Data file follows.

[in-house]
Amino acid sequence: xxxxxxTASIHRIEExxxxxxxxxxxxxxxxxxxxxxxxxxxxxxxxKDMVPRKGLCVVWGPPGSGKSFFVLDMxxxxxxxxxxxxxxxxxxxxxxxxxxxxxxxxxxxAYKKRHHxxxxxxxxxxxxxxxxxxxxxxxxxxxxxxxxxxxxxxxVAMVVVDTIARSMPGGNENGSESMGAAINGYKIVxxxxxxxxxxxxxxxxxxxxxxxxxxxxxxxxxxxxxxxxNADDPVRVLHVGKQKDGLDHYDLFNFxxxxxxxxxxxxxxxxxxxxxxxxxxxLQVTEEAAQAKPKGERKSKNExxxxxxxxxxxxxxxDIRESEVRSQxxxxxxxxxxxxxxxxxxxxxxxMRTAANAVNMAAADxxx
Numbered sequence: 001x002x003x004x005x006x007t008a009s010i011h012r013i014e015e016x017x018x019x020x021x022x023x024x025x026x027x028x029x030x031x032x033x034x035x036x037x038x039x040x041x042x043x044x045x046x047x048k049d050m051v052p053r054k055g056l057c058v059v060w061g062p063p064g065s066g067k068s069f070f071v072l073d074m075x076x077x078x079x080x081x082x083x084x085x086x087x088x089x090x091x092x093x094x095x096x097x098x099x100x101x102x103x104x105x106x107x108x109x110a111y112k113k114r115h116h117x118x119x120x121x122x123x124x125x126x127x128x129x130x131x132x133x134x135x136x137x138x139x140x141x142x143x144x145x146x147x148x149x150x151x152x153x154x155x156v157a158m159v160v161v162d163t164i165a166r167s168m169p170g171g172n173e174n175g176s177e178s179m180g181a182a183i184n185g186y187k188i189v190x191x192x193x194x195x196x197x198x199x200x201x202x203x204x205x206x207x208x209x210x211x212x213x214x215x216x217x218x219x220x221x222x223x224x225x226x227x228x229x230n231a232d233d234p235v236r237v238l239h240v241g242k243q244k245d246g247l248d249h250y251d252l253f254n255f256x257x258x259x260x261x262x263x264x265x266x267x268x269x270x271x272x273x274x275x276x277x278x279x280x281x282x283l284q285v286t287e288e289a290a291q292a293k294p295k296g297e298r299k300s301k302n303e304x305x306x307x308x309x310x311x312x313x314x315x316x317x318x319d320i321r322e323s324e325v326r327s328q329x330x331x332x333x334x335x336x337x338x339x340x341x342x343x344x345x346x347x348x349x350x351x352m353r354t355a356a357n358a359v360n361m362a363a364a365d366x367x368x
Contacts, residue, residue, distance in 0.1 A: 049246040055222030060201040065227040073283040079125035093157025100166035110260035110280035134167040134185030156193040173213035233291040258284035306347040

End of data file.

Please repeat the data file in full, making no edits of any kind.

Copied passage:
[in-house]
Amino acid sequence: xxxxxxTASIHRIEExxxxxxxxxxxxxxxxxxxxxxxxxxxxxxxxKDMVPRKGLCVVWGPPGSGKSFFVLDMxxxxxxxxxxxxxxxxxxxxxxxxxxxxxxxxxxxAYKKRHHxxxxxxxxxxxxxxxxxxxxxxxxxxxxxxxxxxxxxxxVAMVVVDTIARSMPGGNENGSESMGAAINGYKIVxxxxxxxxxxxxxxxxxxxxxxxxxxxxxxxxxxxxxxxxNADDPVRVLHVGKQKDGLDHYDLFNFxxxxxxxxxxxxxxxxxxxxxxxxxxxLQVTEEAAQAKPKGERKSKNExxxxxxxxxxxxxxxDIRESEVRSQxxxxxxxxxxxxxxxxxxxxxxxMRTAANAVNMAAADxxx
Numbered sequence: 001x002x003x004x005x006x007t008a009s010i011h012r013i014e015e016x017x018x019x020x021x022x023x024x025x026x027x028x029x030x031x032x033x034x035x036x037x038x039x040x041x042x043x044x045x046x047x048k049d050m051v052p053r054k055g056l057c058v059v060w061g062p063p064g065s066g067k068s069f070f071v072l073d074m075x076x077x078x079x080x081x082x083x084x085x086x087x088x089x090x091x092x093x094x095x096x097x098x099x100x101x102x103x104x105x106x107x108x109x110a111y112k113k114r115h116h117x118x119x120x121x122x123x124x125x126x127x128x129x130x131x132x133x134x135x136x137x138x139x140x141x142x143x144x145x146x147x148x149x150x151x152x153x154x155x156v157a158m159v160v161v162d163t164i165a166r167s168m169p170g171g172n173e174n175g176s177e178s179m180g181a182a183i184n185g186y187k188i189v190x191x192x193x194x195x196x197x198x199x200x201x202x203x204x205x206x207x208x209x210x211x212x213x214x215x216x217x218x219x220x221x222x223x224x225x226x227x228x229x230n231a232d233d234p235v236r237v238l239h240v241g242k243q244k245d246g247l248d249h250y251d252l253f254n255f256x257x258x259x260x261x262x263x264x265x266x267x268x269x270x271x272x273x274x275x276x277x278x279x280x281x282x283l284q285v286t287e288e289a290a291q292a293k294p295k296g297e298r299k300s301k302n303e304x305x306x307x308x309x310x311x312x313x314x315x316x317x318x319d320i321r322e323s324e325v326r327s328q329x330x331x332x333x334x335x336x337x338x339x340x341x342x343x344x345x346x347x348x349x350x351x352m353r354t355a356a357n358a359v360n361m362a363a364a365d366x367x368x
Contacts, residue, residue, distance in 0.1 A: 049246040055222030060201040065227040073283040079125035093157025100166035110260035110280035134167040134185030156193040173213035233291040258284035306347040